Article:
NE Scotland, Orkney & Shetland

Schlumberger fined £300,000 over North Sea radiation

Schlumberger website
Image caption Schlumburger Oilfield UK was fined £300,000 at Aberdeen Sheriff Court

An offshore industry firm has been fined £300,000 after workers on a North Sea installation were placed at risk of exposure to radiation.

Schlumberger Oilfield UK admitted breaching health and safety laws on a rig during a drill programme in 2008.

Radioactive material was left lying on the drill floor for about four hours, during which time 14 workers were placed at risk of exposure.

The company was fined at Aberdeen Sheriff Court.

The incident happened in the North Sea, about 210 miles east of Dundee in April 2008.

Schlumberger had been contracted to undertake work as part of a Maersk drilling programme for the Cawdor well.

'Good fortune'

Elaine Taylor, head of the Crown Office and Procurator Fiscal Service's health and safety division, said: "This wholly avoidable incident could have had devastating consequences for the workers involved in the operation."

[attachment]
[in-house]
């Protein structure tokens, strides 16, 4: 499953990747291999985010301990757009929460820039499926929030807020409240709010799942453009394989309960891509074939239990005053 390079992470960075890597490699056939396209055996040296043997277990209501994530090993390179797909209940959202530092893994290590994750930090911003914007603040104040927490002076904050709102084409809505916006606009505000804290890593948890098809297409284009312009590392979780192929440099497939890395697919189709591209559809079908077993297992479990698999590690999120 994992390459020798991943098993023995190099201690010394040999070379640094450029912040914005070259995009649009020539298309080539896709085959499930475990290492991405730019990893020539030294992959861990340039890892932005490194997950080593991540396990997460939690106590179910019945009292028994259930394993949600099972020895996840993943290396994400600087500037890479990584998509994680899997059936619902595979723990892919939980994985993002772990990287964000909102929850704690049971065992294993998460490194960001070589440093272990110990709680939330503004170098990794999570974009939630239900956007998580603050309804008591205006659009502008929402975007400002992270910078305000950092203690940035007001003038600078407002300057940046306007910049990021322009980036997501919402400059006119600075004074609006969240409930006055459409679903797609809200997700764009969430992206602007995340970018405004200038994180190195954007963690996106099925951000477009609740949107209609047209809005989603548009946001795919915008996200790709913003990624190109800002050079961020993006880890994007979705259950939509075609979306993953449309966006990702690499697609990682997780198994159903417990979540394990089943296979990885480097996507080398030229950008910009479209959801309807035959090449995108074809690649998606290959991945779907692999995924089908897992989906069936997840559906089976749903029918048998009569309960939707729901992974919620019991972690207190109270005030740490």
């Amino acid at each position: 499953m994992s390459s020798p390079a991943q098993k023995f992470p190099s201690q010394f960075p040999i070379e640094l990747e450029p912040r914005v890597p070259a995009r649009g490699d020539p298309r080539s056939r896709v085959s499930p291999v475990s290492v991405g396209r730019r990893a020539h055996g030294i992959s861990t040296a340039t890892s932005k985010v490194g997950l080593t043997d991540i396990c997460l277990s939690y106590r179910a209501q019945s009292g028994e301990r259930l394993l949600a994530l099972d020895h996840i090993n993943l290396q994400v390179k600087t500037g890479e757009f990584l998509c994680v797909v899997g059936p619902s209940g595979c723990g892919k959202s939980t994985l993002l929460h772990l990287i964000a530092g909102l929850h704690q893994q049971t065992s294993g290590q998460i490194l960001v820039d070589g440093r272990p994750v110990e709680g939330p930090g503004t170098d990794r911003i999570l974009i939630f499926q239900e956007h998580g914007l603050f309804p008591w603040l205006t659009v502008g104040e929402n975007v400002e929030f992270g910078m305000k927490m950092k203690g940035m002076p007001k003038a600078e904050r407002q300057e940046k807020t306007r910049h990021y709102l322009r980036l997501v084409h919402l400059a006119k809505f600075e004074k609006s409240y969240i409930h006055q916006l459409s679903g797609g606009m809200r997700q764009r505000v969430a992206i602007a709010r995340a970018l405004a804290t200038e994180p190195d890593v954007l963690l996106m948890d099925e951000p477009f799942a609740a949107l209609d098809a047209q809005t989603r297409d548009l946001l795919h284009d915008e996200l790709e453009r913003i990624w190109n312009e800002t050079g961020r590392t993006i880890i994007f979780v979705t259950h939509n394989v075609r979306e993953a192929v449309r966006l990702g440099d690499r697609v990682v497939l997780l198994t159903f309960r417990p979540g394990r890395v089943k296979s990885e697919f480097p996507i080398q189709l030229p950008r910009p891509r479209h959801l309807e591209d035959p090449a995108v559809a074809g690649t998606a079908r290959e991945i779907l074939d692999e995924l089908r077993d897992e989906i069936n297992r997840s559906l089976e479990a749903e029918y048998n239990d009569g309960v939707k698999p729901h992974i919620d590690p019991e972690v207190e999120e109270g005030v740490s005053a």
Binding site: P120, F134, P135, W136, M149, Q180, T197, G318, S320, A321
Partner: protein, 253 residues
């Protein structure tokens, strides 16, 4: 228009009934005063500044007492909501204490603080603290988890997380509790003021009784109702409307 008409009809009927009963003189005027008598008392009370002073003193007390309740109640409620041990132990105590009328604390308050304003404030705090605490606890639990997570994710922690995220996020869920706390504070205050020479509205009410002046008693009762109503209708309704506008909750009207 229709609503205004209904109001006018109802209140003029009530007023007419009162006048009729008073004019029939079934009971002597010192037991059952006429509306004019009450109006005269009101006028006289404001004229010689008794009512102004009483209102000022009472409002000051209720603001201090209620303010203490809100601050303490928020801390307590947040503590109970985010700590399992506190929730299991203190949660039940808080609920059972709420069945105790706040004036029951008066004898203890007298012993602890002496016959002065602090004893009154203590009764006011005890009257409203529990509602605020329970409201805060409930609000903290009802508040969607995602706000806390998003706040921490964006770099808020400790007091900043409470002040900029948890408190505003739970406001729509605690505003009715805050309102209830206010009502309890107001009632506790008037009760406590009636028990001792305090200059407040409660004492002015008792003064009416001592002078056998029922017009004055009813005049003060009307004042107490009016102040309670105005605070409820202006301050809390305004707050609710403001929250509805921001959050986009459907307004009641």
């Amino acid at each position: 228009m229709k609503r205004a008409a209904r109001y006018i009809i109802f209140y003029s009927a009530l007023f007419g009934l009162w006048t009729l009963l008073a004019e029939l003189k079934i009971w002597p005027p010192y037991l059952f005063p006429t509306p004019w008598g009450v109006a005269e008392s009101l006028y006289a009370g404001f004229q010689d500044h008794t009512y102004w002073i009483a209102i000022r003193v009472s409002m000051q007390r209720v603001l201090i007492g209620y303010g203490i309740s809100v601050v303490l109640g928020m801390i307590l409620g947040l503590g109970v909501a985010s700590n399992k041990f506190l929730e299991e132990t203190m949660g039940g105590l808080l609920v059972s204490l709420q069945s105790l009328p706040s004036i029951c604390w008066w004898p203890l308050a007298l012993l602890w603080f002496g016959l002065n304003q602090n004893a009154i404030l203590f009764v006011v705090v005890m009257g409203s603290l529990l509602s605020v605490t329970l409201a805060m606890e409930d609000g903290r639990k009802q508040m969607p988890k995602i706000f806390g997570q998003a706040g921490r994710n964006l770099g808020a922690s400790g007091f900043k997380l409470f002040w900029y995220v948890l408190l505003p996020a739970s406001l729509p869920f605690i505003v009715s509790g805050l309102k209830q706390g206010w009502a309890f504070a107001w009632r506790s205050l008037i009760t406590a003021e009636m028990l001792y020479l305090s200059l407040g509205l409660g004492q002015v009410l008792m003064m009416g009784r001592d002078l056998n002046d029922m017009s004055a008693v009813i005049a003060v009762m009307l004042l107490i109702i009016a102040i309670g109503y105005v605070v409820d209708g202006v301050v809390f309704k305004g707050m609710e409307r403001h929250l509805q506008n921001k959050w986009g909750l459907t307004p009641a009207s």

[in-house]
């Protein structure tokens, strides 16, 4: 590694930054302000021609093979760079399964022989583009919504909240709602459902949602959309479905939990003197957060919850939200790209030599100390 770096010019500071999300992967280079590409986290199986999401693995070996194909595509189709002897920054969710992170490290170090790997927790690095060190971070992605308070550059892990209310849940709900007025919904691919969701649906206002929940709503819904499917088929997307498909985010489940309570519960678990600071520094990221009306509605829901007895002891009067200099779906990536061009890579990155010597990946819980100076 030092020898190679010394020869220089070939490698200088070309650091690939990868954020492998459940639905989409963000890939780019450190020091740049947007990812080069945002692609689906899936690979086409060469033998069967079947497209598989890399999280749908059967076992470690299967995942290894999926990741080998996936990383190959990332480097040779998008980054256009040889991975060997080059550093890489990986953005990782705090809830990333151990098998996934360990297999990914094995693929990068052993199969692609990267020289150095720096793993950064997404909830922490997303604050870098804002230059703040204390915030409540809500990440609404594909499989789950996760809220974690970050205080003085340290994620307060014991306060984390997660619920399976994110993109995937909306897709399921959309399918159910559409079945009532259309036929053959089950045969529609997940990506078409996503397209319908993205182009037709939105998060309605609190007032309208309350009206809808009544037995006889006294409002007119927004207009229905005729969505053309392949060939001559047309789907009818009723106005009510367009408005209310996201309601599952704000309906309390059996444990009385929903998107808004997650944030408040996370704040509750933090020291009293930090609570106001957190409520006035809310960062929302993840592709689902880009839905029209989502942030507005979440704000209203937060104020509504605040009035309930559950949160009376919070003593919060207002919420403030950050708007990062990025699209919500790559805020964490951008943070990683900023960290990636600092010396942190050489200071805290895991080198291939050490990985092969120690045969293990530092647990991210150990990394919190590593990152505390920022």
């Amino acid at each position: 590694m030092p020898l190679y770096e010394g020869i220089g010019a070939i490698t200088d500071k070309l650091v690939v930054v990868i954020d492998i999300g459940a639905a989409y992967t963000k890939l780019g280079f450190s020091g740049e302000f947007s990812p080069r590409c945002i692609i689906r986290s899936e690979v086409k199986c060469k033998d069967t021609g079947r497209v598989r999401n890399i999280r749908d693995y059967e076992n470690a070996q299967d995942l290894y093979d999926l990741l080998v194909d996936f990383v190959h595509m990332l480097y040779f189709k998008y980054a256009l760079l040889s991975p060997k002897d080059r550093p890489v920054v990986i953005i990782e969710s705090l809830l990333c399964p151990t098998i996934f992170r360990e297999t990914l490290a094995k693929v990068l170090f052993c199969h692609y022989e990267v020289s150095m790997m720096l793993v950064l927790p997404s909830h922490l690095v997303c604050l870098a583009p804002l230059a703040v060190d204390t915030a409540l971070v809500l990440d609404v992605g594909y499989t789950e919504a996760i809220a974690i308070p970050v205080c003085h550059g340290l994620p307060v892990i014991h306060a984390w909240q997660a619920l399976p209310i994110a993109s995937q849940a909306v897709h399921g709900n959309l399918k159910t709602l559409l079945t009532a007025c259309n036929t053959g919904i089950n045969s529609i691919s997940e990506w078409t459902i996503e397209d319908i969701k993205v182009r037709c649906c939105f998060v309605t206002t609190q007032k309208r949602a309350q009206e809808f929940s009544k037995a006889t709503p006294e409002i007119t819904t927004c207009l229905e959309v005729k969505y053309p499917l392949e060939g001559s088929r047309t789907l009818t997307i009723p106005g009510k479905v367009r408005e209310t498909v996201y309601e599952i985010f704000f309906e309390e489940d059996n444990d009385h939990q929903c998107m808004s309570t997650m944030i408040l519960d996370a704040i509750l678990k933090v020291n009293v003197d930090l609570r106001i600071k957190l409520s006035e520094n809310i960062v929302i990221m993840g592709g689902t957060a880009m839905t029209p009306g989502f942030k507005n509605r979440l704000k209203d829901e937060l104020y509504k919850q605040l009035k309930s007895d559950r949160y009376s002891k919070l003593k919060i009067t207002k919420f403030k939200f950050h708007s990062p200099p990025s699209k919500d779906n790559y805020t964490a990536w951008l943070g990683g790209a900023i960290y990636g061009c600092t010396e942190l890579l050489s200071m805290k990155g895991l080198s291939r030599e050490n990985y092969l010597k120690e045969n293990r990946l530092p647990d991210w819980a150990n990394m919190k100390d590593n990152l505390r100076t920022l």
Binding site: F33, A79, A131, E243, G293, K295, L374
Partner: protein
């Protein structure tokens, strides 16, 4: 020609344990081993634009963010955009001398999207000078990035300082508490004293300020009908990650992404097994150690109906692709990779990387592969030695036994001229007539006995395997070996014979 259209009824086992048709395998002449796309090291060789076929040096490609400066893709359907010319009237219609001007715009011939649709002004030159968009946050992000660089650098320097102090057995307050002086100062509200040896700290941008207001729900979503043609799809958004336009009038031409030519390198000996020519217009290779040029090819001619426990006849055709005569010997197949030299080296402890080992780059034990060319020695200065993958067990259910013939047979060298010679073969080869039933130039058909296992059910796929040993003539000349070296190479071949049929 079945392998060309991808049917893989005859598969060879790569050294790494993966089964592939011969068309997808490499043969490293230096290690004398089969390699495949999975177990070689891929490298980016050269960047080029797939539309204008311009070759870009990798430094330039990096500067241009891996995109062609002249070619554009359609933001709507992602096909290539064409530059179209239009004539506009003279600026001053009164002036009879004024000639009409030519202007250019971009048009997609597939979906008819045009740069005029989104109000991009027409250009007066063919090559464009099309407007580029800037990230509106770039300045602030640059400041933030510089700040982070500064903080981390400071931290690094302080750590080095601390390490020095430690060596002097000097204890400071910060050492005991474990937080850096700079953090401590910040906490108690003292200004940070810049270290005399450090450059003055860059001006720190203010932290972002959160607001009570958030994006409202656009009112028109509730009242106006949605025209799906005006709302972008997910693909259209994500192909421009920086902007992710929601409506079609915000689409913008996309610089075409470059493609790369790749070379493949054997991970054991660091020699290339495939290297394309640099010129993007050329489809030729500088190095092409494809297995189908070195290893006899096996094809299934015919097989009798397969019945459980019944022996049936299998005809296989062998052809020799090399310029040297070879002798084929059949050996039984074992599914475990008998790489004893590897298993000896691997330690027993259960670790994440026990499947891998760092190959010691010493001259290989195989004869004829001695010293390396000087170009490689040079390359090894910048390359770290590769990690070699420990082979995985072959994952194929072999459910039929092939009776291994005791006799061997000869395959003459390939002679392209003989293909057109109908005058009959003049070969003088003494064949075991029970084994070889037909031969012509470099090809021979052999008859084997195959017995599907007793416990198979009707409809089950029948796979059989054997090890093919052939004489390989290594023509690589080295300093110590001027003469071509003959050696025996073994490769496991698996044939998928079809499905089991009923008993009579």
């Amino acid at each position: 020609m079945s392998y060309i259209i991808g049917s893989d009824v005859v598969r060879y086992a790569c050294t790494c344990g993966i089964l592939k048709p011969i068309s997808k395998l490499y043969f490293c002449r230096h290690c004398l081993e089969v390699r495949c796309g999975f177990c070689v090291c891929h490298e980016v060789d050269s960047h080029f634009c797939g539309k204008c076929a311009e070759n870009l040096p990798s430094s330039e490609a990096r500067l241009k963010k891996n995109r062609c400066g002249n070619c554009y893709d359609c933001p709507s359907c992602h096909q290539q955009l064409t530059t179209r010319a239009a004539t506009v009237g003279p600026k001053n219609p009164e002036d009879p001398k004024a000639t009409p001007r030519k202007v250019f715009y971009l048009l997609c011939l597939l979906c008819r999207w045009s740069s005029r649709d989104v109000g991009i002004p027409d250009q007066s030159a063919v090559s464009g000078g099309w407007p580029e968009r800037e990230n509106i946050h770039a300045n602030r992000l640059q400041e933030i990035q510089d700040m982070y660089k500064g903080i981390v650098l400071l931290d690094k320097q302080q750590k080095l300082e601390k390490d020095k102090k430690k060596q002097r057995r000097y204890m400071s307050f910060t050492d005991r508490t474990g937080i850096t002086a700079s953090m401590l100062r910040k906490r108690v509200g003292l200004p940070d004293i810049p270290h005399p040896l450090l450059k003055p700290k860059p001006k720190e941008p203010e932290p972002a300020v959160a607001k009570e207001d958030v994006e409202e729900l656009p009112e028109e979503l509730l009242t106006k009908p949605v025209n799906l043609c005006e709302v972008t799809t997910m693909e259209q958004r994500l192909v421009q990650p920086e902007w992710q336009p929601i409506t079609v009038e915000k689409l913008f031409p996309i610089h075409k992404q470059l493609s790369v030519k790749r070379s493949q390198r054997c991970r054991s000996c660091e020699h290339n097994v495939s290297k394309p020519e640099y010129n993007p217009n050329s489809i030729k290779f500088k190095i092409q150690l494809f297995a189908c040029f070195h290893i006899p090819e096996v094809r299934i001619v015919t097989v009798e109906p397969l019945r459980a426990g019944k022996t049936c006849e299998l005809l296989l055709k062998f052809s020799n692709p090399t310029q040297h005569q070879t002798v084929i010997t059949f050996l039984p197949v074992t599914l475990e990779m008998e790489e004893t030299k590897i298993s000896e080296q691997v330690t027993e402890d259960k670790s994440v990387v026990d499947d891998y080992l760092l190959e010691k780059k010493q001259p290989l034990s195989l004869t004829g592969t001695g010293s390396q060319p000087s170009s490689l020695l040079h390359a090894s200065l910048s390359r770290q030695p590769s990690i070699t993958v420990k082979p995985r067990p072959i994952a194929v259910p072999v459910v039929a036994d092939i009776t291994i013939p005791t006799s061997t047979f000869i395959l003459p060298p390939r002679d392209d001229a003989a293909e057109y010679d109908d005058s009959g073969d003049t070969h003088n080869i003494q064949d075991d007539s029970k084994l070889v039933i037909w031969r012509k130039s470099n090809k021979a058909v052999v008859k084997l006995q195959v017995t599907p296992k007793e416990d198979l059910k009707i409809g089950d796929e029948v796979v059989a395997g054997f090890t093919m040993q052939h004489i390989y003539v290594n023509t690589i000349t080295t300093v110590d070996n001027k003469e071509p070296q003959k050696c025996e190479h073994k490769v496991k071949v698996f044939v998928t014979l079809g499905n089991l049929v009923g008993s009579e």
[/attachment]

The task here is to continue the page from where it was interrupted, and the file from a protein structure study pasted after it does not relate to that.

Health and Safety Executive (HSE) Insp Gillian Rodaks said: "Loss of control of any radioactive source is extremely serious, particularly of the size involved in this incident, and it was only by good fortune that the source was recovered in a relatively short period of time.

"Had someone held it, even just for a few minutes, they would have received a significant radiation dose which may have resulted in injuries to their hands and increased their risk of developing cancer in later life.

"This case should serve to remind employers and employees, whether in industry, medicine or research, of the need to be constantly vigilant when working with radioactive sources."

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